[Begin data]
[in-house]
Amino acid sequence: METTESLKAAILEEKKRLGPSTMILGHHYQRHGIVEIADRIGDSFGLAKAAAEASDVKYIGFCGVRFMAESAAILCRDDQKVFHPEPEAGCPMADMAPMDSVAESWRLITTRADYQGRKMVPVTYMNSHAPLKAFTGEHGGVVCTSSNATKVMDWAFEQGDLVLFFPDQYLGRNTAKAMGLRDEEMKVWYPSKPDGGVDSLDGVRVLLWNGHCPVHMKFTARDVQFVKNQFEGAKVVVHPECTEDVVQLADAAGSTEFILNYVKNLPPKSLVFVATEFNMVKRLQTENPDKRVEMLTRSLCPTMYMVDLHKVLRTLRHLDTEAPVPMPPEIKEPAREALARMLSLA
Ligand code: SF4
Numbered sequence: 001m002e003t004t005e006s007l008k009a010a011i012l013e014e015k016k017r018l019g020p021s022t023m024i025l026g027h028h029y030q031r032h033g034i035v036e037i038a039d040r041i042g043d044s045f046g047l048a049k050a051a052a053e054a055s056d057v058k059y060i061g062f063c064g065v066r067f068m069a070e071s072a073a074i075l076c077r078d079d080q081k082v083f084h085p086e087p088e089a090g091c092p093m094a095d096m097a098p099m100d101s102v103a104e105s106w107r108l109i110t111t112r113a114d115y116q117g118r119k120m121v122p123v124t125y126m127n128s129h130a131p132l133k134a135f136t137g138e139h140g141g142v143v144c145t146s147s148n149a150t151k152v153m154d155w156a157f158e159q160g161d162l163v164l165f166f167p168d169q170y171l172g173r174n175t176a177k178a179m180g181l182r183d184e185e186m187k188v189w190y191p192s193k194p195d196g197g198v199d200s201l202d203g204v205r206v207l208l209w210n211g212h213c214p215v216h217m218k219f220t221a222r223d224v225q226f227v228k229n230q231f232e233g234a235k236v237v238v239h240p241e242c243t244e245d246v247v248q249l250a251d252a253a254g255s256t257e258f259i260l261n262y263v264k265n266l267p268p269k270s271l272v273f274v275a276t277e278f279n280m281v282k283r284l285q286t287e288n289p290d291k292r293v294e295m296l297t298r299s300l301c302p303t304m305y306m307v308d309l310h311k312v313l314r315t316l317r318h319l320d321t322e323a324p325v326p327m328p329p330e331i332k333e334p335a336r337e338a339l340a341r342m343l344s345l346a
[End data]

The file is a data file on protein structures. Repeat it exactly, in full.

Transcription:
[in-house]
Amino acid sequence: METTESLKAAILEEKKRLGPSTMILGHHYQRHGIVEIADRIGDSFGLAKAAAEASDVKYIGFCGVRFMAESAAILCRDDQKVFHPEPEAGCPMADMAPMDSVAESWRLITTRADYQGRKMVPVTYMNSHAPLKAFTGEHGGVVCTSSNATKVMDWAFEQGDLVLFFPDQYLGRNTAKAMGLRDEEMKVWYPSKPDGGVDSLDGVRVLLWNGHCPVHMKFTARDVQFVKNQFEGAKVVVHPECTEDVVQLADAAGSTEFILNYVKNLPPKSLVFVATEFNMVKRLQTENPDKRVEMLTRSLCPTMYMVDLHKVLRTLRHLDTEAPVPMPPEIKEPAREALARMLSLA
Ligand code: SF4
Numbered sequence: 001m002e003t004t005e006s007l008k009a010a011i012l013e014e015k016k017r018l019g020p021s022t023m024i025l026g027h028h029y030q031r032h033g034i035v036e037i038a039d040r041i042g043d044s045f046g047l048a049k050a051a052a053e054a055s056d057v058k059y060i061g062f063c064g065v066r067f068m069a070e071s072a073a074i075l076c077r078d079d080q081k082v083f084h085p086e087p088e089a090g091c092p093m094a095d096m097a098p099m100d101s102v103a104e105s106w107r108l109i110t111t112r113a114d115y116q117g118r119k120m121v122p123v124t125y126m127n128s129h130a131p132l133k134a135f136t137g138e139h140g141g142v143v144c145t146s147s148n149a150t151k152v153m154d155w156a157f158e159q160g161d162l163v164l165f166f167p168d169q170y171l172g173r174n175t176a177k178a179m180g181l182r183d184e185e186m187k188v189w190y191p192s193k194p195d196g197g198v199d200s201l202d203g204v205r206v207l208l209w210n211g212h213c214p215v216h217m218k219f220t221a222r223d224v225q226f227v228k229n230q231f232e233g234a235k236v237v238v239h240p241e242c243t244e245d246v247v248q249l250a251d252a253a254g255s256t257e258f259i260l261n262y263v264k265n266l267p268p269k270s271l272v273f274v275a276t277e278f279n280m281v282k283r284l285q286t287e288n289p290d291k292r293v294e295m296l297t298r299s300l301c302p303t304m305y306m307v308d309l310h311k312v313l314r315t316l317r318h319l320d321t322e323a324p325v326p327m328p329p330e331i332k333e334p335a336r337e338a339l340a341r342m343l344s345l346a